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Career Information for a Degree in Occupational Safety Technologies

Training in occupational health and safety typically covers accident prevention, industrial hygiene and ergonomics. Find out about the requirements of these programs, and learn about career options, job growth and salary info for occupational health and safety graduates.

There are many careers in the field of occupational safety that require a degree in occupational safety technologies or in a related area of study. Occupational health and safety technicians need an associate's degree to qualify to work in their field. A bachelor's degree is required to become an occupational health and safety specialist or a health and safety engineer.

Essential Information

Ensuring physical and mental well-being in the workplace is the job of those in the safety technologies field. Potential job titles in this field include occupational health and safety technician, specialist or engineer. A safety technician needs an associate's degree, while a specialist or engineer requires a bachelor's degree. Certification programs are available for all 3 job categories.

Career Occupational Health and Safety Technician Occupational Health and Safety Specialist Health and Safety Engineer
Education Requirements Associate's degree Bachelor's degree Bachelor's degree
Projected Job Growth (2014-2024)* 9% 4% 6% for health and safety engineers
Median Salary (2015)* $48,070 $70,210 $84,600 for health and safety engineers

Source: *U.S. Bureau of Labor Statistics

Occupational Health and Safety Technician

These professionals visit worksites to collect information that is used by occupational health and safety specialists. They use scientific instruments to collect this information, which may include air and water samples, noise readings and radiation levels. They perform tests on equipment and machines while inspecting worksites and facilities. They also observe worker compliance with safety requirements. Many in this field are employed by government agencies.

Preparation for this career typically includes earning an associate's degree in occupational safety and health or a related field. Course subjects may include ergonomics, accident prevention and industrial hygiene. Others may pursue this career by gaining proficiency through work experience and on-the-job-training.

Those employed in this field may seek professional accreditation. The Board of Certified Safety Professionals (BCSP), for example, offers certification to those who satisfy education, experience and testing requirements.

The U.S. Bureau of Labor Statistics (BLS) expects jobs to increase by 9% for occupational health and safety technicians from 2014 to 2024. The median annual salary for these individuals was $48,070 in 2015 (www.bls.gov).

Occupational Health and Safety Specialist

These professionals analyze information collected from worksites to evaluate compliance with safety regulations and to formulate safety improvement plans. They study injury or loss patterns and advise changes to management to prevent recurrence. These changes may include improving workstation ergonomics, redesigning equipment floor plans and updating training materials. Occupational health and safety specialists may provide safety training to employees and advise managers on the cost and benefits of workplace safety. Many are employed by government agencies.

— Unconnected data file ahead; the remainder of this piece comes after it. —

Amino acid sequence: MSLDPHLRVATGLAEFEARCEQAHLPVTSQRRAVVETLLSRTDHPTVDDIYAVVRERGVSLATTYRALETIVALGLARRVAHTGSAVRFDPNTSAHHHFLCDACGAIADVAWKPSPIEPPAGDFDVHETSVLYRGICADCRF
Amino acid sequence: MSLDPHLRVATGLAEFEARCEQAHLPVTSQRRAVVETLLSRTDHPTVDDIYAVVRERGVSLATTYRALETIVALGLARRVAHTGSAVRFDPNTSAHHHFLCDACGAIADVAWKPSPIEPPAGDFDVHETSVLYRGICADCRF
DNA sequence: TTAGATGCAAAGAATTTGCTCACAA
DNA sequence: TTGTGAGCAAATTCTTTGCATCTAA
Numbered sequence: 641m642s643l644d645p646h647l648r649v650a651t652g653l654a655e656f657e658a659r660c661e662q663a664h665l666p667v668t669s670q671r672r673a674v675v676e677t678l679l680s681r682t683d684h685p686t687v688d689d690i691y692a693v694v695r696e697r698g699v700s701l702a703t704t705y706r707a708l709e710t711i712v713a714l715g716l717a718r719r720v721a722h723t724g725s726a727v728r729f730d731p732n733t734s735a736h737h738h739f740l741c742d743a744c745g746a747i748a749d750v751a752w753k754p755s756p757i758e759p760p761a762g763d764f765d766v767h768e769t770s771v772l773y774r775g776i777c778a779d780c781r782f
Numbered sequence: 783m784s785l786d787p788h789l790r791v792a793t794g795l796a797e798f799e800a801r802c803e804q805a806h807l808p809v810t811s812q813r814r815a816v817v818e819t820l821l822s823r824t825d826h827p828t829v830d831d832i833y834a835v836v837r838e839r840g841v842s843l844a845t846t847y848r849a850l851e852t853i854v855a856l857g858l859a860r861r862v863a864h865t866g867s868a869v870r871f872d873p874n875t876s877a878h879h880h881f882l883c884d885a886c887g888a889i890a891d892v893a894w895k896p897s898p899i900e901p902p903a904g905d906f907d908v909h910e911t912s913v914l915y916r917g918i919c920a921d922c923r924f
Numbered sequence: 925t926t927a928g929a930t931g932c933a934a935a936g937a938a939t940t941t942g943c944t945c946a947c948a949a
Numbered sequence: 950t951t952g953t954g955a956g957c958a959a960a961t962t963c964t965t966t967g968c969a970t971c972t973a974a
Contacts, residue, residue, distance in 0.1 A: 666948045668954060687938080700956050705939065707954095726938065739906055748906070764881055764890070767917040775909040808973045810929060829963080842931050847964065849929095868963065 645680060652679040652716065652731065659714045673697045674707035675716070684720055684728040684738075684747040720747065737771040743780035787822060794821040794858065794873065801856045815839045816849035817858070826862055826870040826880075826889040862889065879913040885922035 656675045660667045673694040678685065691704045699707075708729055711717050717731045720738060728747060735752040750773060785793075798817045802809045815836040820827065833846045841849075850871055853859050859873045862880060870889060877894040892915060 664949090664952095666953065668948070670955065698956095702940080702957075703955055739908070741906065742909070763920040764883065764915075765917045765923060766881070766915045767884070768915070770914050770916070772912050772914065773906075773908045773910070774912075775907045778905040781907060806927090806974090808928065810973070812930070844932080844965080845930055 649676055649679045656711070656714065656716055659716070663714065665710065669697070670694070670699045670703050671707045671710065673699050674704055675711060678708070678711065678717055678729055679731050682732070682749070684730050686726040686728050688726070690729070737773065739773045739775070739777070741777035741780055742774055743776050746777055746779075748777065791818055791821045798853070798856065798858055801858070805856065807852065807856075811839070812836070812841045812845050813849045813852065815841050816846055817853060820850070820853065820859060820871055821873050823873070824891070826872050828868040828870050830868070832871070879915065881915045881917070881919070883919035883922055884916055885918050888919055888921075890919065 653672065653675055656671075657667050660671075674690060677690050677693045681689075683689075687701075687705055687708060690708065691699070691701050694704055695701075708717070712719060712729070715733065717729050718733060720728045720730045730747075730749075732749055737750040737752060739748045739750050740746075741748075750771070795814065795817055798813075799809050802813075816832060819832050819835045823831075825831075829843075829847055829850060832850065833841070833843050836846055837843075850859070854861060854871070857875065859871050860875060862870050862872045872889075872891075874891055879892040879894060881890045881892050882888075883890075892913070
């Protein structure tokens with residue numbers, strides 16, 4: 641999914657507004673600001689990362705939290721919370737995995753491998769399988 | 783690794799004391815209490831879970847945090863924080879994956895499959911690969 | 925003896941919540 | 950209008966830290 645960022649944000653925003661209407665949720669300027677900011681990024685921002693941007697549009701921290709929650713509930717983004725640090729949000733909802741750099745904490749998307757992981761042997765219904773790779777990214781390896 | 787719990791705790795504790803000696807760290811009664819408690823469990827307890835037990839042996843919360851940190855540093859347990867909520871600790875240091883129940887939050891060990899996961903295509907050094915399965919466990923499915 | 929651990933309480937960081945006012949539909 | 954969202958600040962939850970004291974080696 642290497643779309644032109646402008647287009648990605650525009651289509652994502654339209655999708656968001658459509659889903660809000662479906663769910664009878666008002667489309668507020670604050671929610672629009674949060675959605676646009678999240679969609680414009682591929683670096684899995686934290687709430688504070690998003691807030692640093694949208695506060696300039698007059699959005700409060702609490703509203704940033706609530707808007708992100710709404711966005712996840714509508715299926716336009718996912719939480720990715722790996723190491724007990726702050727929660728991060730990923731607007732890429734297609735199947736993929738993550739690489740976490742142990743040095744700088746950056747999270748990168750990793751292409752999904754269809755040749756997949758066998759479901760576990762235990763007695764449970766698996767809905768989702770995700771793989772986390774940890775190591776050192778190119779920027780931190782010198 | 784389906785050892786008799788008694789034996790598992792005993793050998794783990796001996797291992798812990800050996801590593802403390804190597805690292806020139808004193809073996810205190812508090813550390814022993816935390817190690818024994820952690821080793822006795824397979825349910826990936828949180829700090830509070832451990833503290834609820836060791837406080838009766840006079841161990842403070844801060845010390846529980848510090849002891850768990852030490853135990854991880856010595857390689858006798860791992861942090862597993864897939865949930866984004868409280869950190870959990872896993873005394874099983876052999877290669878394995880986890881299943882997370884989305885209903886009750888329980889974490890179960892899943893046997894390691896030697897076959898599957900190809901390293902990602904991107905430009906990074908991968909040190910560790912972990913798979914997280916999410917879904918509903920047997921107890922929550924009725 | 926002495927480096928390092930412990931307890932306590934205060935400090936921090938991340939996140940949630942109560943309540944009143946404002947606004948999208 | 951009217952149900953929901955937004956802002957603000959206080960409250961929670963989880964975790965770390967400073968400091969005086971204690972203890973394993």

Professionals in this field commonly obtain a bachelor's degree in occupational health and safety or a related field. Coursework may include toxicology, hazardous materials and accident investigation. Some employers require a master's degree in this subject, which may include coursework in emergency management, safety engineering and research methods. The BCSP offers advanced certification for health and safety specialists.

The BLS predicts a 4% growth in career openings for occupational health and safety specialists for the decade 2014 to 2024. As of 2015, the median annual salary for these workers was $70,210.

Health and Safety Engineer

These professionals apply engineering and human performance principles to protect people and property from harm and loss. They identity and quantify risk of potential hazards at worksites and develop plans to mitigate these risks. These hazards may include fire and chemical contamination. They keep abreast of industry trends through government and professional publications and ensure worksites and operations comply with changes in regulations. They also train employees, maintain records and regulate procedures.

Employers typically require candidates for this position to have a bachelor's degree in engineering, though some accept bachelor's degrees in a discipline such as occupational health and safety. Employers may require related experience in an industrial or production environment, and some allow applicants to substitute significant work experience for a degree. Some employers prefer to hire a Certified Safety Professional (CSP), the highest certification offered by the BCSP.

The BLS predicted that health and safety engineers will see a 6% increase in job opportunities in the years 2014 to 2024. These engineers earned $84,600 as a median annual wage in May 2015.

Professionals in the field of occupational safety work to ensure workplace environments are safe for employees. They may conduct investigations, suggest improvements to safety plans, or find ways to eliminate risks to the safety of employees on a worksite. Job growth for occupational health and safety specialists is expected to be slow from 2014 to 2024, while health and safety engineers will experience average job growth rates during the same time period; the highest rate of job growth in these fields will be for occupational health and safety technicians.


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